Here are some of the most memorable dispatches from courtroom psychology — strange roads that shifting boundaries of “expertise” have led down.
When the Term “Moron” Was Coined in Academia and Used in an Attempted Rape Case
The American psychologist Henry H. Goddard built a reputation backing sterilization as a solution to society’s “feeble-minded,” whom he labeled “morons” — his term for people with intellectual disabilities. The term surfaced in the 1921 State v. Driver case brought to the West Virginia Court of Appeals to investigate an attempted rape of a 12-year-old girl, Agatha Bragg. Bragg identified an attacker, W.W. Driver, who was convicted of attempted rape. When Driver appealed the ruling, his lawyers brought in medical professionals to bolster his case. One doctor cited Goddard’s “moron” definition to discredit Bragg as mentally defective and morally perverse. But the Court sided with Bragg, rejecting the doctor’s suggestion that she belonged to a moron “type” with “a disposition, especially in the female sex — [whereby] their lies usually weave into some sexual question.”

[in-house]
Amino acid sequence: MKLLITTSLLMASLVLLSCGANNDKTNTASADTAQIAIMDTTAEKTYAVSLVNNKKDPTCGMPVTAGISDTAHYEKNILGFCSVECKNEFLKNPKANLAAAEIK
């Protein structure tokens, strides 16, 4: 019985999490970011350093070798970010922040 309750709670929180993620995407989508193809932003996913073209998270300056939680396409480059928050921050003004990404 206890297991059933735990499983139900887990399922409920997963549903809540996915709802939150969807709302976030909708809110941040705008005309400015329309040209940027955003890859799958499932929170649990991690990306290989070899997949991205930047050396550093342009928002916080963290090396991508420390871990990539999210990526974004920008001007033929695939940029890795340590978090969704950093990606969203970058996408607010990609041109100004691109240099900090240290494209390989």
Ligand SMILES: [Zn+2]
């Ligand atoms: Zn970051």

When Coca-Cola Triumphed in Its Quest for Ubiquity
Also in 1921, experimental psychology entered a far more frivolous fight: between the world’s most famous soft drink and an ill-fated rival. When the Coca-Cola Company sued Chero-Cola for mimicking its brand name, researchers took to the lab to figure out just how likely it was that consumers would confuse “Chero” for “Coca.” Though the tests ultimately received no comment in court, Coca-Cola won. Chero became RC (Royal Crown) Cola, otherwise known as the wallflower in Coke and Pepsi’s shadow.
When Toys Symbolized a Nation’s Education Problem
A now-famous psychological test factored into the iconic 1954 Brown v. Board of Education decision, when the Supreme Court ruled segregated schools to be unconstitutional. The researchers Mamie and Kenneth Clark found that black children preferred light-skinned dolls to darker-skinned ones, and interpreted this result as proof of segregation’s negative effect on black students’ self-esteem. Their work informed a footnote in the Brown decision. Although the experiments have since been critiqued — and public schools remain widely segregated — the doll test retains some mystique in our legal history, earning its own national park exhibit.